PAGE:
A collaborative blog for Current Affairs and Policy Debate

State and Society

In Government Spotlight, Home Affairs, Ideology on January 6, 2011 at 12:50 am

By polarii for The Daily Soapbox

“We are not here to manage capitalism but to change society and define its finer values.”

An interesting quote – left unattributed so you can vote in The Daily Soapbox’s latest poll. The answer will be revealed in my next article. Click here to vote.

The quote is about the role of government, and its objectives, and how it relates to society. I am going to leave capitalism to one side, however, and take the road less travelled-by, and consider government and society. The contrast between the two most recent governments of the UK – Blair and Brown’s ‘New’ Labour, and Cameron’s ‘One-Nation’ Conservatives – I think is clear and stark, and perhaps unexpected.

One would think that it would be the free-market, Thatcherite Conservatives who would have little input on society and simply toddle along ‘managing’ capitalism, and the socialist Labour party that would concern itself with ‘improving’ society. However, New Labour did not live up to its inheritance. During its years in office, the gap between rich and poor widened. Many commentators both inside and outside politics pointed to youth that were becoming increasingly disenfranchised from society, and a general move away from feeling part of a community. Charitable giving remained high, though slightly decreased as a proportion of disposable income. Experiments in ‘multiculturalism’ led, in many places, to different ethnic groups growing apart from each other, and ‘ghettoisation’. While it’s not a disastrous picture, we don’t come away being sure that New Labour set out to improve society.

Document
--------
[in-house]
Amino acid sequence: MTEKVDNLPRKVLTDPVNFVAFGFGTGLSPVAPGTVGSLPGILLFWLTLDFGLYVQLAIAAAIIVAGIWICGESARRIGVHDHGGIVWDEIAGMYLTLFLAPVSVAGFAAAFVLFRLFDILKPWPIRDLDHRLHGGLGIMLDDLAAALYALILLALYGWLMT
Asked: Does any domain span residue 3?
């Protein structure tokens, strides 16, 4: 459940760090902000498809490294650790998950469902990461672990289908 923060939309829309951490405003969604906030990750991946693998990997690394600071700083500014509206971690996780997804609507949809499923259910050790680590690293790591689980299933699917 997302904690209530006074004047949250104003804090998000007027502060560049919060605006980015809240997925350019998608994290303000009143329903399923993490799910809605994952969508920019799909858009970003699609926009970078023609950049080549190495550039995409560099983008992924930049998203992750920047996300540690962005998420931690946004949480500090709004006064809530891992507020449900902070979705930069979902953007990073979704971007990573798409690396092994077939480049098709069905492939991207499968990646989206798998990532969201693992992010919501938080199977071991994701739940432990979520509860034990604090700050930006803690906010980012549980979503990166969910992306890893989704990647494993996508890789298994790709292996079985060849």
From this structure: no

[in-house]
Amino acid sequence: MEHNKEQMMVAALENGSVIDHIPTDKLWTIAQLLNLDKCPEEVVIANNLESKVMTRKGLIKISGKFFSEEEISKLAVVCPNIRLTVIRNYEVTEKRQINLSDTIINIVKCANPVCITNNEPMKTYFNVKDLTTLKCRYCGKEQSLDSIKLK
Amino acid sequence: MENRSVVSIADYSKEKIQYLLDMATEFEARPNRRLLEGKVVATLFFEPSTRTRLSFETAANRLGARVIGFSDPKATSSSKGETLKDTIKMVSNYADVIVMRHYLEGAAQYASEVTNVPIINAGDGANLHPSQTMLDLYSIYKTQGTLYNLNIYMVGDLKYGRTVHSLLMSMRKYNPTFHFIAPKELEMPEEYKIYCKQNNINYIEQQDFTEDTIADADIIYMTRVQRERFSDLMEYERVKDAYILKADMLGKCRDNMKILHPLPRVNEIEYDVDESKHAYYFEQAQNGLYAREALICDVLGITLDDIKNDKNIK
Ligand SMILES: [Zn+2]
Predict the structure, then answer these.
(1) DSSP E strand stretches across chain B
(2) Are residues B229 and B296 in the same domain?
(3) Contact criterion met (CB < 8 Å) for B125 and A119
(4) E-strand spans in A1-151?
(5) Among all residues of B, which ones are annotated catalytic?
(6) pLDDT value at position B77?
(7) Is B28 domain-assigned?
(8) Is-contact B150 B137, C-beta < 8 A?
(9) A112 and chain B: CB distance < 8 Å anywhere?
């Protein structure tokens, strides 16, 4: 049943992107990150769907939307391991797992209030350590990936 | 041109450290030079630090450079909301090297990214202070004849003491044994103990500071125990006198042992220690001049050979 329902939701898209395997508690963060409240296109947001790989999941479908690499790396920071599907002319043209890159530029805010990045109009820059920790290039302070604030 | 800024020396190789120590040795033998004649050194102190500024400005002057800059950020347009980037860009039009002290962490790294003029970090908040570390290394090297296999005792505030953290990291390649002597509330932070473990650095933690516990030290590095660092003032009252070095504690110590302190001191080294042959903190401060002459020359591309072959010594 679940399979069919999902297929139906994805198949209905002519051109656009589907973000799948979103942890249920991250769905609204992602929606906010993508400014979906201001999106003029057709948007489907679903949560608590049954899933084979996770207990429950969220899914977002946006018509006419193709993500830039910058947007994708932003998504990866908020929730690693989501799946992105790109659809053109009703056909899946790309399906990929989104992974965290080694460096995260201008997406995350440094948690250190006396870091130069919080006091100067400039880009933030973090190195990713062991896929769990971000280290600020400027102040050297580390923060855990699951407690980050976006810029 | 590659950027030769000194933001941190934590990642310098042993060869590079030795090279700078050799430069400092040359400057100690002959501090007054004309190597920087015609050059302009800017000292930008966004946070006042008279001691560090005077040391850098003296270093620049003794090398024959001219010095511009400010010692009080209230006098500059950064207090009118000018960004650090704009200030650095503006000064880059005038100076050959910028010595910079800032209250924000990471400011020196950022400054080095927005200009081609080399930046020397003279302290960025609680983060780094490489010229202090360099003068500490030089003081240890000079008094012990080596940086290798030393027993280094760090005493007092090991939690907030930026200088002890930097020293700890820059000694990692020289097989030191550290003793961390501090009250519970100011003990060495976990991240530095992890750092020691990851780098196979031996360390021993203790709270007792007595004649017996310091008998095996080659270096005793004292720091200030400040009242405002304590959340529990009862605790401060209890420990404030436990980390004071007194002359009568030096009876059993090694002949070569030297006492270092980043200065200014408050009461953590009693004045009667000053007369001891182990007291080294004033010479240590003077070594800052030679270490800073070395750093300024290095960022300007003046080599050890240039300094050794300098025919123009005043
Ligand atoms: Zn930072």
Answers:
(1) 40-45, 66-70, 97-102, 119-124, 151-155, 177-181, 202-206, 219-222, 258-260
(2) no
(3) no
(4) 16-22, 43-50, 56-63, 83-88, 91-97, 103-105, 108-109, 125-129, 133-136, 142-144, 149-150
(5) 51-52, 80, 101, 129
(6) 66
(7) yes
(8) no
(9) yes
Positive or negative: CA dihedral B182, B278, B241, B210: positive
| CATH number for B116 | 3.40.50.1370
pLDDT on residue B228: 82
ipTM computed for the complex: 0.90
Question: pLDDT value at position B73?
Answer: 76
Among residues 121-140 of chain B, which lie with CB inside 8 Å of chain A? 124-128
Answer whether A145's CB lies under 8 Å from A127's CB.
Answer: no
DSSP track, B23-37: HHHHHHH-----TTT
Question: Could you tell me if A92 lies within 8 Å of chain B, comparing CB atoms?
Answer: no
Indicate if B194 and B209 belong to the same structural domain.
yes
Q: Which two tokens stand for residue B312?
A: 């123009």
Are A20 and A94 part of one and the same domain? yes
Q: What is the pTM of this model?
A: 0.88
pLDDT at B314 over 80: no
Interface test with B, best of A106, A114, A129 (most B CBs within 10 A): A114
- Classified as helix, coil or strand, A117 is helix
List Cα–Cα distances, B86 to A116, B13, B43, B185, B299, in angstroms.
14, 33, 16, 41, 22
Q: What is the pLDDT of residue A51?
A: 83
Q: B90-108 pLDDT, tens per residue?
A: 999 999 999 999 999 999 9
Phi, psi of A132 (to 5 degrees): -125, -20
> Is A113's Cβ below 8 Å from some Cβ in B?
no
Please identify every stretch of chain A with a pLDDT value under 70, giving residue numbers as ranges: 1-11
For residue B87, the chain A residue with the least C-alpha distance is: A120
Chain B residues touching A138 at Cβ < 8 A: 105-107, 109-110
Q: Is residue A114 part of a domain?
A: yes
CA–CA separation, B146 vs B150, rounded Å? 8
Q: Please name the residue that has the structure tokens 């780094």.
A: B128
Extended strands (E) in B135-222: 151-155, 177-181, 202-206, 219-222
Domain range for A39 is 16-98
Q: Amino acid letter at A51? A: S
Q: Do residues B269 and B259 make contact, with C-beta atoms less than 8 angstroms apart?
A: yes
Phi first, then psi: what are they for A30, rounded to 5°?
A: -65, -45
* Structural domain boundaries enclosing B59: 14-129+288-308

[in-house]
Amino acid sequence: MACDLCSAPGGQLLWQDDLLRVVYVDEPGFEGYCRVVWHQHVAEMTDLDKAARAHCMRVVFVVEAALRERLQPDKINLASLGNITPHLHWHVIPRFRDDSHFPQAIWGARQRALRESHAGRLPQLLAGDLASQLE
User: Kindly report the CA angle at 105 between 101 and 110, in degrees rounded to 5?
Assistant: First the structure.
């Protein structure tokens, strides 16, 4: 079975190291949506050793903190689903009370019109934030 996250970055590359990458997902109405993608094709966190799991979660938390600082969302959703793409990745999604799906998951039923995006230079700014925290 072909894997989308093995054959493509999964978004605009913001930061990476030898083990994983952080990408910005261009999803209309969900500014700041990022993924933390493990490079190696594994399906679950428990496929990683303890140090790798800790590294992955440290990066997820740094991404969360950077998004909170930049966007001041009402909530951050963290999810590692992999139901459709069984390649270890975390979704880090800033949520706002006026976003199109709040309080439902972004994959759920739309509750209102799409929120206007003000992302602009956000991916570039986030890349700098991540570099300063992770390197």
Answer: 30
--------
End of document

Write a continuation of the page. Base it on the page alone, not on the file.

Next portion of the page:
While, ostensibly, this may have been their purpose, in reality, much of what happened under Blair was not about society but managing capitalism. New Labour continued policies of privatisation pursued by previous Conservative governments, and extended them to things even Thatcher didn’t dare privatise: notably, the Defence Evaluation and Research Agency (most of which was privatised as Qinetiq in 2001) and the Commonwealth Development Corporation (sold to Actis in 2004), alongside privatisations the Conservative party supported, such as privatising the railway system. The argument ran that the government’s services were better delivered if the market could deliver them, overseen by the government; essentially, it managed capitalism. The tax system remained pretty much the same, if anything, regulatory laws became more lax.

This contrasts with the society front, where those measures that were most likely to fracture bonds of trust between groups were pursued. CCTV was widely increased, as were speed cameras. ID cards were attempted, but failed. Extensive Health and Safety legislation, and strengthened CRB checks – which, in fairness, probably prevented some hideous events – made it incredibly difficult to run some  events. There were fewer school trips; it became increasingly difficult for charities to get involved in certain institutions, such as hospitals and schools. Equalities legislation was constantly challenged in the Lords, especially when it was realised that some clauses would require Christian churches to employ Muslims as pastoral workers. ‘Prevent’, the strategy designed to counter radical Islamism after 11th September, singled out the Islamic community for intervention, and made them feel more marginalised than before. Blair ‘didn’t do God’, and hid his tendency towards Catholicism. In short, society was not changed – or not for the better – and any values that may have defined it were suppressed.